LONDON (AP) – Relief was in sight for thousands of stranded travelers at Heathrow Airport on Friday after forecasters said the thick, freezing fog that forced flight cancellations and delays for four days should begin to lift.

Dry air from the south was expected to help remove the blanket of fog around Europe’s busiest airport by Saturday morning, forecasters said. “While it may remain gray and misty, the key factor – visibility – should improve considerably,” Meteorological Office spokesman Keith Fenwick said.

Heathrow – built on flat, grassy land and surrounded by reservoirs and canals – is particularly vulnerable to fog.

British Airways canceled 170 incoming and outgoing flights Friday, 84 of them domestic and the rest short-haul to Europe. While the airline’s long-haul services were still operational, some departing passengers were expected to face delays of several hours.

“At this stage we are hopeful that the weather will improve slightly over the weekend and therefore we can get back to operating a full planned Christmas Eve schedule,” Geoff Want, director of ground operations at British Airways, said in a statement.

The airline said it would be able to fly 95 percent of customers today, adding that it was already operating 80 percent of short haul flights. “We’re seeing a gradual improvement,” spokeswoman Amanda Poole said.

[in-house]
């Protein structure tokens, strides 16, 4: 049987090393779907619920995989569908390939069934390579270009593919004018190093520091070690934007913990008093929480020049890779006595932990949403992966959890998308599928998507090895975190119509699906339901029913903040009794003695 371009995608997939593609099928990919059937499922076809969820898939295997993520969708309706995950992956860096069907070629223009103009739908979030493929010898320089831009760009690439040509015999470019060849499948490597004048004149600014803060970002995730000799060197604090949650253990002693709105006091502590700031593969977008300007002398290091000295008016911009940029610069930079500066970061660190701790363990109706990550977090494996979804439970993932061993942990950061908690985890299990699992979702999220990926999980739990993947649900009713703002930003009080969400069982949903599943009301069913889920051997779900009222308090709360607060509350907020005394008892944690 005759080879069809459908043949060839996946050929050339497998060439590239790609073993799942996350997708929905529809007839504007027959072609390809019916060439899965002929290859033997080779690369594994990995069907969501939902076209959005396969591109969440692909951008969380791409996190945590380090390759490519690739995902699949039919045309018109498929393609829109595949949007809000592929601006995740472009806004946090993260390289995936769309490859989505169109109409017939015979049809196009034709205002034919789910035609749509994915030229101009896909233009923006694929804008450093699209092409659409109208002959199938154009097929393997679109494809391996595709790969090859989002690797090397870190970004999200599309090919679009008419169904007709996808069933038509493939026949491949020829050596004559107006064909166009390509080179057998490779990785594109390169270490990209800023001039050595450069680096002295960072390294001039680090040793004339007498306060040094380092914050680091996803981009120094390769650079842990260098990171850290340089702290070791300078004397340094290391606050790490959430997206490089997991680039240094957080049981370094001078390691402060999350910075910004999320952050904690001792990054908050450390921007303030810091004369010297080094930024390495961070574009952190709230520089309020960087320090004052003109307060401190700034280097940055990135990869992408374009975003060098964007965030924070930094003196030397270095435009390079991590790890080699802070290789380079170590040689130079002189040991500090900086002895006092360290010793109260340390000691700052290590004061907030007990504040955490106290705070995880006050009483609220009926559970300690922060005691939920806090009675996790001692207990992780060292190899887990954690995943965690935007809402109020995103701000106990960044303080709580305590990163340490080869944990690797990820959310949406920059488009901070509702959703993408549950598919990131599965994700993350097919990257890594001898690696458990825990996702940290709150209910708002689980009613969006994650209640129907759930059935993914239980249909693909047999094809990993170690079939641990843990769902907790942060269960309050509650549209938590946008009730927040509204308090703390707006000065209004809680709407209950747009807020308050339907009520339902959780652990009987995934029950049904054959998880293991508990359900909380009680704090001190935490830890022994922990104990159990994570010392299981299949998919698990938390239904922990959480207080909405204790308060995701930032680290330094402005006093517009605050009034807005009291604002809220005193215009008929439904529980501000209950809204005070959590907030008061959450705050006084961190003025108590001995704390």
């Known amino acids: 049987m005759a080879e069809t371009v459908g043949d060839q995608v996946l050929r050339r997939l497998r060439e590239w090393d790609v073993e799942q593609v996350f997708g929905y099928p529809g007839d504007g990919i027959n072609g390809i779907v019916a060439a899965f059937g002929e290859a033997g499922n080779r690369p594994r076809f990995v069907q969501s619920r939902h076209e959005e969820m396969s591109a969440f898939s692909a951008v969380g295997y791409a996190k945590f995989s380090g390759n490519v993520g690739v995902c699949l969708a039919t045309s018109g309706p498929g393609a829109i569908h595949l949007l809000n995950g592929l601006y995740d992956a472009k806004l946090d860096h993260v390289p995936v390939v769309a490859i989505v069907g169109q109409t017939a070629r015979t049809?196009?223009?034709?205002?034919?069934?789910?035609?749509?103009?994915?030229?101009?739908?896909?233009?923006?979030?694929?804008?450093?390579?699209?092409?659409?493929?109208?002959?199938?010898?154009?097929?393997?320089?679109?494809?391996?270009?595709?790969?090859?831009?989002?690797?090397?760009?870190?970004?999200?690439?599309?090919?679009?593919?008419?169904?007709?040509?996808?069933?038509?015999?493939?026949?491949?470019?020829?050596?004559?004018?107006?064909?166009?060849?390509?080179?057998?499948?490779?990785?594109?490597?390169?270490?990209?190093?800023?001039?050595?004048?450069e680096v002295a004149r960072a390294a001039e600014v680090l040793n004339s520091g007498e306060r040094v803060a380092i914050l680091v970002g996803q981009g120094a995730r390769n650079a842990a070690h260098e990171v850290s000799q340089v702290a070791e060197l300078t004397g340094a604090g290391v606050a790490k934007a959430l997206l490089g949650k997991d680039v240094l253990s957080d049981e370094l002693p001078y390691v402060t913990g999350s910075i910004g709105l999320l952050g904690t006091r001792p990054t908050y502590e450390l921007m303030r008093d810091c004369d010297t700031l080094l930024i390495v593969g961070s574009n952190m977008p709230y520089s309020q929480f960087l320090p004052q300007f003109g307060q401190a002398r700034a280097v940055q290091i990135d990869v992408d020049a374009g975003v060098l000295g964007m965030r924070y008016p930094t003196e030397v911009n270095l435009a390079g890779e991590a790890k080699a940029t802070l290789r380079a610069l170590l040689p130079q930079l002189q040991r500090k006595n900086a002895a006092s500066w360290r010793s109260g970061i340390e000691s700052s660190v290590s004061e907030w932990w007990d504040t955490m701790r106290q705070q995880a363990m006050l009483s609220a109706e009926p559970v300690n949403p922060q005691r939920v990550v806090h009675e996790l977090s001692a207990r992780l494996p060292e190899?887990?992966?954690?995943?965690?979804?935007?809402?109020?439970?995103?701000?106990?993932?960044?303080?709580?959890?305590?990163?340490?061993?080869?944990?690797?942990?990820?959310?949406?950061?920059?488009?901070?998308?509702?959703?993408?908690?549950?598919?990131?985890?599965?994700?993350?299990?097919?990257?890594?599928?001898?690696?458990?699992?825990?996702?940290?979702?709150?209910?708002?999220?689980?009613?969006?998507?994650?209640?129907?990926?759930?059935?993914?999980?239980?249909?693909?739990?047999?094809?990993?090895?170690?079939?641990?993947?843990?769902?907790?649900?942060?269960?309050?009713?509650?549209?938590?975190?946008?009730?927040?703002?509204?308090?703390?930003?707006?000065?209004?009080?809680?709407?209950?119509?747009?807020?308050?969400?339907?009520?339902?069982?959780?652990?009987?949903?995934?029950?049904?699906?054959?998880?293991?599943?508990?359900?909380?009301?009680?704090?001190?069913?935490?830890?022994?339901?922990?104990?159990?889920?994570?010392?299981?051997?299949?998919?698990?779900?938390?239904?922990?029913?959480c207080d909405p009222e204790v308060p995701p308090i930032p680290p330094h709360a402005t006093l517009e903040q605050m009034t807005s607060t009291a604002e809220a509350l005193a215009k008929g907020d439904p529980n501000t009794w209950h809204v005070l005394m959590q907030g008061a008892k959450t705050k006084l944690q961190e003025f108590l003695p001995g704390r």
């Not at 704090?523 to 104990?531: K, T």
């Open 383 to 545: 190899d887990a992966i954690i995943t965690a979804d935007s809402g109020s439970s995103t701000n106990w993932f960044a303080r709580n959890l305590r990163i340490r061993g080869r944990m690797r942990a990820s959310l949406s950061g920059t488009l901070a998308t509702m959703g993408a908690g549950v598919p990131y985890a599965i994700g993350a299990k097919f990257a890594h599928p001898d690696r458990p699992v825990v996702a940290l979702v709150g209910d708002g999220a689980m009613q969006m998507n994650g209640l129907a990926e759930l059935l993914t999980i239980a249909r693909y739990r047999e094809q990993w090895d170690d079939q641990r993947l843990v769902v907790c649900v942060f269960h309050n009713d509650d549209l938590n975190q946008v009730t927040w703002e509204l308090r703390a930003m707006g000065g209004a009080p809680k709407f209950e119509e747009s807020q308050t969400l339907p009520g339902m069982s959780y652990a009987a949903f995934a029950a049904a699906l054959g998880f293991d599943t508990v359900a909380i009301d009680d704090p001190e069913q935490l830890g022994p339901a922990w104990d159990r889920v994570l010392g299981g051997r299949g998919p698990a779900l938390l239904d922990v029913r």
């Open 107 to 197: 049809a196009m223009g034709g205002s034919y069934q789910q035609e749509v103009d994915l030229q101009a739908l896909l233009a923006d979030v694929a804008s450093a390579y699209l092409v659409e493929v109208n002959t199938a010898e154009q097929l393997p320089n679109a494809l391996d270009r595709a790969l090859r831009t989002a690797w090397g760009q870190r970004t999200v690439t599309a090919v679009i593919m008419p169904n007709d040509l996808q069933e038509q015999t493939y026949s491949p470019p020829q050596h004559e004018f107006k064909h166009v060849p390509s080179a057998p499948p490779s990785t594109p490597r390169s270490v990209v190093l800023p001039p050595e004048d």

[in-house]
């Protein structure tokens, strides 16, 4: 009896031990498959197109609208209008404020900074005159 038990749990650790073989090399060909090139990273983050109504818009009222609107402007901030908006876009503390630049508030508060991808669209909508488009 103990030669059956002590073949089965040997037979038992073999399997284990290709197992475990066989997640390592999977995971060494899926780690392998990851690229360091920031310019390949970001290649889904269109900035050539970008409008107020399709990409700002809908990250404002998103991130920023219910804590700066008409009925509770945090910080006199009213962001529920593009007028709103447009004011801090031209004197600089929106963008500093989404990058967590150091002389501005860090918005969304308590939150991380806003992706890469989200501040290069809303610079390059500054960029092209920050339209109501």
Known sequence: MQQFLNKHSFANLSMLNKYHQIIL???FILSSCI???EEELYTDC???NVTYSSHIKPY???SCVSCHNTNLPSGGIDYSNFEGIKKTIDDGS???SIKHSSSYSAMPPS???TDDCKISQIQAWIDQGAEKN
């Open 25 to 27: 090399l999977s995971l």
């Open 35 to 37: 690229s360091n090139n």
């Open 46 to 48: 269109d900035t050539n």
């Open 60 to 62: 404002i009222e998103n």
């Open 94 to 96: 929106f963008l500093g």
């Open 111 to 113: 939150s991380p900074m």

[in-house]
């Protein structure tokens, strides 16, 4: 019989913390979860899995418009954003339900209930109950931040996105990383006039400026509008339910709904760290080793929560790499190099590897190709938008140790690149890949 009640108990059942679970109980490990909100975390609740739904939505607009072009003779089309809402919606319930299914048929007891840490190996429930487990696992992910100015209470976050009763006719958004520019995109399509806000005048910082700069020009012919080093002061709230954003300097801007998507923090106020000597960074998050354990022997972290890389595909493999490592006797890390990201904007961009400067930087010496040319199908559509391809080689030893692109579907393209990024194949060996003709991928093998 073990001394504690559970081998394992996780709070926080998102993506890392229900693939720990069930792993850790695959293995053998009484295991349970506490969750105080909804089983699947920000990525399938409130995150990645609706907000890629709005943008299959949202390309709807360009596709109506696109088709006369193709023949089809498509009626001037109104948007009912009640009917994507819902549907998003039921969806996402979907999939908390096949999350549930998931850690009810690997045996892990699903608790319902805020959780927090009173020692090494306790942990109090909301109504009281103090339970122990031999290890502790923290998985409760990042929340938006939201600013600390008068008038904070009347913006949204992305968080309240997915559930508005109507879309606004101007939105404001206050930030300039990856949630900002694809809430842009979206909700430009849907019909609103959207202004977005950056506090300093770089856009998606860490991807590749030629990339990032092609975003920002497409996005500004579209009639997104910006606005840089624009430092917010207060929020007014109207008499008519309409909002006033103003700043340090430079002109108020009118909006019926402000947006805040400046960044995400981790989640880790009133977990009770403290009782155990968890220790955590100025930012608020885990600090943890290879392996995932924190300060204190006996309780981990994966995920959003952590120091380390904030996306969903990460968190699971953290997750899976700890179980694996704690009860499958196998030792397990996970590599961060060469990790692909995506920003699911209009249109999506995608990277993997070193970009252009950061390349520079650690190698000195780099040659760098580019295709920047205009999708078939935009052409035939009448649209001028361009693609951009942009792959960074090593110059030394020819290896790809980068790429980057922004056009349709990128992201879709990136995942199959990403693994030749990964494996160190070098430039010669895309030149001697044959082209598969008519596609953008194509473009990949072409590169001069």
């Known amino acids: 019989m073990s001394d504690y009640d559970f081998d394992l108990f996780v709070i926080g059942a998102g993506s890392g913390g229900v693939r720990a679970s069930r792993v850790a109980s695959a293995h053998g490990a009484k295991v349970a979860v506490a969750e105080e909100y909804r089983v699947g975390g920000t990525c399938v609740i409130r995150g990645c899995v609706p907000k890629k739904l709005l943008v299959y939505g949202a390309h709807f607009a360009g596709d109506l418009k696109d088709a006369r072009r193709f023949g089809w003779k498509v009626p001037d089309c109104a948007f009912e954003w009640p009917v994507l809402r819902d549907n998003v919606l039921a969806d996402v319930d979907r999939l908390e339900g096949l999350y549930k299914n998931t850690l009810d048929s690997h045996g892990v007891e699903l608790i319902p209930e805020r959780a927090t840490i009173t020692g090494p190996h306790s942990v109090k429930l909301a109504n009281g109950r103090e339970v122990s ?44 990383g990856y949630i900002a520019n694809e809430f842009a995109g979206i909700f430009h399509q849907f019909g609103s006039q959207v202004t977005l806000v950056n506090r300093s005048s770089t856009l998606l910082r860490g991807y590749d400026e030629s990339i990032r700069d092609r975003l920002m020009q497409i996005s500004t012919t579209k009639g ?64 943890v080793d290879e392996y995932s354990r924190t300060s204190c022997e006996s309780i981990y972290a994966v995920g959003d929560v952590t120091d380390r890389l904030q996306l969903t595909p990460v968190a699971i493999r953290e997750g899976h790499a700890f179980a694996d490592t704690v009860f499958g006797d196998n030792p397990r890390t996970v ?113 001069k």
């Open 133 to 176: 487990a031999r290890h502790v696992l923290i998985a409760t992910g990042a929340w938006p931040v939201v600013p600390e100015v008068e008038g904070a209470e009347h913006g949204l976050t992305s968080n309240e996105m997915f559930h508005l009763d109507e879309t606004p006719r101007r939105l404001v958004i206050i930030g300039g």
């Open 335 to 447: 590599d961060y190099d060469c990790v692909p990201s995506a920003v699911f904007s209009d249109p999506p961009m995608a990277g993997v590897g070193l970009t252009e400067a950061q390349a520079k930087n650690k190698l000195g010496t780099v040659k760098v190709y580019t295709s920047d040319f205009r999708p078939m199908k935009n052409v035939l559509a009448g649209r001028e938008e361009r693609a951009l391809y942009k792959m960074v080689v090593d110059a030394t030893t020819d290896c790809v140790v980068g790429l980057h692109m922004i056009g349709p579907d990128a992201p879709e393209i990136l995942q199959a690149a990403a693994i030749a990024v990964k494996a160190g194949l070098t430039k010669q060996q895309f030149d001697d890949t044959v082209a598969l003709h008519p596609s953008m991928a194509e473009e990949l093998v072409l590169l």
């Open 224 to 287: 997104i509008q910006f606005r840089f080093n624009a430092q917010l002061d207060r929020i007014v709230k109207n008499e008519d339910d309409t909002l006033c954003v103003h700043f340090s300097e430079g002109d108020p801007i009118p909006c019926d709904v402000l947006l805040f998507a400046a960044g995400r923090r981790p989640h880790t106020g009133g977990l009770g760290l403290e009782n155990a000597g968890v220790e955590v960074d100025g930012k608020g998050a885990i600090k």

Airport operator BAA warned that an immediate resumption of full services was unlikely because the cancellations had stranded jets and cabin crews across Europe.

Hundreds of flights have been canceled since the fog rolled in Tuesday, affecting an estimated 40,000 people. On Friday, the busiest day of the holiday season, 150,000 were estimated to be passing through the airport, about 50,000 fewer travelers than might otherwise have been expected.

Heathrow’s second-busiest airline, bmi, said Friday it expected half of its scheduled flights to be canceled. No-frills airline Ryanair canceled 16 flights.

BAA said it was providing a range of amenities for stranded passengers, including heated tents outside terminals with blankets, ponchos, sleeping mats, children’s packs and food and drink. In one tent, a brass band played Christmas carols.

With Heathrow hotels full, some people slept in chilly terminals overnight while waiting to rebook a flight home.

“I knew that there was going to be trouble, but I’ve never seen anything quite like this,” said Jon Davidson, 22, a student from Austin, Texas, waiting on Friday for a flight to Amsterdam.

Bob Ostreck, 33, waiting for a flight to Paris for a second day, said he had been unable to book a train ticket. “We’re so close, I hope we don’t miss Christmas,” he said.

Virgin Trains, which provides services between London and Scotland, said it added an extra 4,800 seats due to “record-breaking demand.” Eurostar, operating trains from London to Paris and Brussels, reported a 15-percent spike in traffic and said all seats Friday had been booked.

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